40 Hours Devotion Taken up in St. Mary Major
Ambassadors Come to Adore the Lord
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ROME, JUNE 9, 2009 (Zenit.org).- Thousands of the faithful are approaching Jesus in the Blessed Sacrament in the Basilica of St. Mary Major, where the age-old tradition of the 40 Hours Devotion has been taken up in preparation for this Thursday's feast of Corpus Christi.
The basilica dedicated to the Virgin Mary is part of the Pope's traditional celebration of the feast of the Body of Christ; there, Benedict XVI will give the blessing with the Blessed Sacrament at the end of the procession that starts after Mass in the Basilica of St. John Lateran.
The archpriest of the Basilica of St. Mary Major, Cardinal Bernard Law, has promoted the 40 Hours Devotion.
The period of adoration began Monday morning with a solemn Mass presided over by Cardinal Law. It will end Thursday.
"If we want to be salt of the earth, as Jesus tells us, we should be light of the world; then our 'yes' should be like that of Jesus," he said in his homily. "Above all in the Eucharistic mystery we encounter the 'yes' of the Lord Jesus. In his death, in his cross, we understand the infinite love that God has for us through the cross."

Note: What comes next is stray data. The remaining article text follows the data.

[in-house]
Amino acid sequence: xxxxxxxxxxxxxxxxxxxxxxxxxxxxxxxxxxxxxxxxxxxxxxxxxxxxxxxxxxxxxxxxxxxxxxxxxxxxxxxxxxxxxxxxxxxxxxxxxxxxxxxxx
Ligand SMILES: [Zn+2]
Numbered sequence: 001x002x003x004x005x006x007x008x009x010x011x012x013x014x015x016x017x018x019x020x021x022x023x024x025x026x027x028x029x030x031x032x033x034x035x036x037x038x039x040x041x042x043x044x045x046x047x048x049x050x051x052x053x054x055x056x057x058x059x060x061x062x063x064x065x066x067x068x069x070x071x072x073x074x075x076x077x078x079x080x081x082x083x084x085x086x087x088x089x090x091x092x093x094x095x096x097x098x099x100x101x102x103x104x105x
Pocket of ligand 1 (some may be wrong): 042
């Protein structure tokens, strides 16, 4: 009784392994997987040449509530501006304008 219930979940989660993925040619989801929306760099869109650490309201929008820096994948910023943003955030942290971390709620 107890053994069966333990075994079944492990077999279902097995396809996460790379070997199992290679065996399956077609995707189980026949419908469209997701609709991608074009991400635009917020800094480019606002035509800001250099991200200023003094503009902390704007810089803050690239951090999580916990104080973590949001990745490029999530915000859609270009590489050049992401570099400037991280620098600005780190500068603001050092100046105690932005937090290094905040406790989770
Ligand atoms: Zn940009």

With this love, Cardinal Law added, we "thus become the salt and light of the world."
Bringing the nations
Dozens of groups and religious communities have taken an hour of adoration at the basilica. Today, ambassadors from various nations accredited to the Holy See were among the adorers.
Paraguay's ambassador, Gerónimo Narváez Torres, told ZENIT: "Today is the third time that we ambassadors are praying together. This is very important because this world that is so conflictive and full of problems among nations needs the prayer of the ambassadors from distinct parts of the world."
His wife, María Graciela, affirmed that even though not all of the ambassadors before the Holy See are Catholic, prayer brings them to find a "common point among all religions."
"This initiative is fantastic," she added. "Hopefully it continues forever."
Monsignor Adriano Pancelli, master of liturgical ceremonies at St. Mary Major, told ZENIT that the initiative aims to remind Catholics of the central role of the Eucharist.
"It's enough to look at the lives of the saints," he said. "The Eucharis is the living rock of the Church. It's about adoring the Blessed Sacrament and feeling that the Lord is present. The most sublime, most high, most true and effective mystery."